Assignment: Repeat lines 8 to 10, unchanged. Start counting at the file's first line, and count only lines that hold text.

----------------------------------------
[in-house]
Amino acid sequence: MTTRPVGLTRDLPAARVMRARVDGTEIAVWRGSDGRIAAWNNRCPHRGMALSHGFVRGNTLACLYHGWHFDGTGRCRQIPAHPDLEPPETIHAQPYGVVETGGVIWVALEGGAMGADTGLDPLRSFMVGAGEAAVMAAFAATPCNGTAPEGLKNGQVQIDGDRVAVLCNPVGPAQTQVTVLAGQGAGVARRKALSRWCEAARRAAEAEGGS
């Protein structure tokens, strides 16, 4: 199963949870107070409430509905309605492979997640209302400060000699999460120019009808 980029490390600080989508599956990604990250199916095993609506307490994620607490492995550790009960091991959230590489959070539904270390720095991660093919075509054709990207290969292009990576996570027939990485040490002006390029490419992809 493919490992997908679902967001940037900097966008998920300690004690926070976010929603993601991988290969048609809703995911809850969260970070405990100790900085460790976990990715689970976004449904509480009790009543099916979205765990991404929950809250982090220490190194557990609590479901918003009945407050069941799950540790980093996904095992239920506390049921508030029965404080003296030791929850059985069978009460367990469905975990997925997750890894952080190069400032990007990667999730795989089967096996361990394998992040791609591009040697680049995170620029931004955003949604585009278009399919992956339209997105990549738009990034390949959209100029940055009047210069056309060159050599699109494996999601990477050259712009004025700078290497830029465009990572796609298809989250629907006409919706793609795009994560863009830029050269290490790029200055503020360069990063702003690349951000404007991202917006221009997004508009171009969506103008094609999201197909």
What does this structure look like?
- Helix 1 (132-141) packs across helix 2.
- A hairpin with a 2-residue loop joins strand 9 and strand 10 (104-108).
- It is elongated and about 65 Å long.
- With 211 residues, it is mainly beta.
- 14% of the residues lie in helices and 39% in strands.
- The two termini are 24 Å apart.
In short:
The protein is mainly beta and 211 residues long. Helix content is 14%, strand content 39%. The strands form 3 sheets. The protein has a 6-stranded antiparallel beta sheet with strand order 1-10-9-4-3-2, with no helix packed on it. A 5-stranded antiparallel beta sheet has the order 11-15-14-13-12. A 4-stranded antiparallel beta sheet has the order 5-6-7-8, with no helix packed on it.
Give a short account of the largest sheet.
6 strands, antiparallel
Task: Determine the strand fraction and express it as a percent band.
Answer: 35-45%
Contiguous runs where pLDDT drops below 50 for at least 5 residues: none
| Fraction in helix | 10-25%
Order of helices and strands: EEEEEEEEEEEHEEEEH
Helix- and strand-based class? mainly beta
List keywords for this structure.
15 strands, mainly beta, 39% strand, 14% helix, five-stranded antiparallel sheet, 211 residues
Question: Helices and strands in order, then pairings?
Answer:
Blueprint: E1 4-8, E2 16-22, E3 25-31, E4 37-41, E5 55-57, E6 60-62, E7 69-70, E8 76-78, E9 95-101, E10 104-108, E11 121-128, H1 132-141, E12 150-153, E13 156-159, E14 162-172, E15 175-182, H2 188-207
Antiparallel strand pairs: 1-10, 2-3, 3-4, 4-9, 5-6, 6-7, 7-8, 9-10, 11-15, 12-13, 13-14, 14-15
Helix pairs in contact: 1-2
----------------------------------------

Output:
- With 211 residues, it is mainly beta.
- 14% of the residues lie in helices and 39% in strands.
- The two termini are 24 Å apart.